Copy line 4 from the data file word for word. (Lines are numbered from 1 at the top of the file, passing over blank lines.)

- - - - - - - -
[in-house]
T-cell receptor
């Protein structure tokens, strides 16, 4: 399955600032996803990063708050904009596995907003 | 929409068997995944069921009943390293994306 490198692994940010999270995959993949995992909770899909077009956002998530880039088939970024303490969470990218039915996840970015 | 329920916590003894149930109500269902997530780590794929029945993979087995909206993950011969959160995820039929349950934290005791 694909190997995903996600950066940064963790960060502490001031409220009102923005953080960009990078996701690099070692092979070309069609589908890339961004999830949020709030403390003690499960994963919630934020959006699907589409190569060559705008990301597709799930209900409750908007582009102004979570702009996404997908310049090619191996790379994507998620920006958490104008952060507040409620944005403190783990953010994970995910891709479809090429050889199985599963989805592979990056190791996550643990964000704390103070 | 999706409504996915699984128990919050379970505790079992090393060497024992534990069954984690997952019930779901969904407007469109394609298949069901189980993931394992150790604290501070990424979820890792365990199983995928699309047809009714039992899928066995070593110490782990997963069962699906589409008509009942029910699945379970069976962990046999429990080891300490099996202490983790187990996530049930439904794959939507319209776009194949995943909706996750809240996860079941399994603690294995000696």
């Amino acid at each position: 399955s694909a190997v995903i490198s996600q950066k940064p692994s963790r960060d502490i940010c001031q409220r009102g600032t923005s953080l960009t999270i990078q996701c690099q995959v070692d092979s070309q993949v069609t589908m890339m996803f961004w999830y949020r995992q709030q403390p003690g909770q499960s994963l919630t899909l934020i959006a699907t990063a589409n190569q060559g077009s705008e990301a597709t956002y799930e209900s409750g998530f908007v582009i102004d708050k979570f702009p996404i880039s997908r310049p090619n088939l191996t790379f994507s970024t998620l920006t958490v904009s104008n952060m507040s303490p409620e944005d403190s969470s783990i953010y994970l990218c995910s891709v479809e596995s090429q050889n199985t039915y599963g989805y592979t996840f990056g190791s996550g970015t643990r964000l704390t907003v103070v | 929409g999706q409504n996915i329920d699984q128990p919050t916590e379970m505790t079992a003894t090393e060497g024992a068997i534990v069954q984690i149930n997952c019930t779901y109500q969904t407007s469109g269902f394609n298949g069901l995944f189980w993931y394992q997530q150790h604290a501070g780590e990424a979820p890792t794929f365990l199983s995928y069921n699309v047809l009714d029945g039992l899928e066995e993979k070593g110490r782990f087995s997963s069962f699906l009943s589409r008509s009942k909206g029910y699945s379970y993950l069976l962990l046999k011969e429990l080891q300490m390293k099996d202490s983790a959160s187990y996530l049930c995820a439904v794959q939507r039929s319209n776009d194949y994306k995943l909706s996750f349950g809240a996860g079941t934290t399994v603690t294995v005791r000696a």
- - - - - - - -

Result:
């Amino acid at each position: 399955s694909a190997v995903i490198s996600q950066k940064p692994s963790r960060d502490i940010c001031q409220r009102g600032t923005s953080l960009t999270i990078q996701c690099q995959v070692d092979s070309q993949v069609t589908m890339m996803f961004w999830y949020r995992q709030q403390p003690g909770q499960s994963l919630t899909l934020i959006a699907t990063a589409n190569q060559g077009s705008e990301a597709t956002y799930e209900s409750g998530f908007v582009i102004d708050k979570f702009p996404i880039s997908r310049p090619n088939l191996t790379f994507s970024t998620l920006t958490v904009s104008n952060m507040s303490p409620e944005d403190s969470s783990i953010y994970l990218c995910s891709v479809e596995s090429q050889n199985t039915y599963g989805y592979t996840f990056g190791s996550g970015t643990r964000l704390t907003v103070v | 929409g999706q409504n996915i329920d699984q128990p919050t916590e379970m505790t079992a003894t090393e060497g024992a068997i534990v069954q984690i149930n997952c019930t779901y109500q969904t407007s469109g269902f394609n298949g069901l995944f189980w993931y394992q997530q150790h604290a501070g780590e990424a979820p890792t794929f365990l199983s995928y069921n699309v047809l009714d029945g039992l899928e066995e993979k070593g110490r782990f087995s997963s069962f699906l009943s589409r008509s009942k909206g029910y699945s379970y993950l069976l962990l046999k011969e429990l080891q300490m390293k099996d202490s983790a959160s187990y996530l049930c995820a439904v794959q939507r039929s319209n776009d194949y994306k995943l909706s996750f349950g809240a996860g079941t934290t399994v603690t294995v005791r000696a």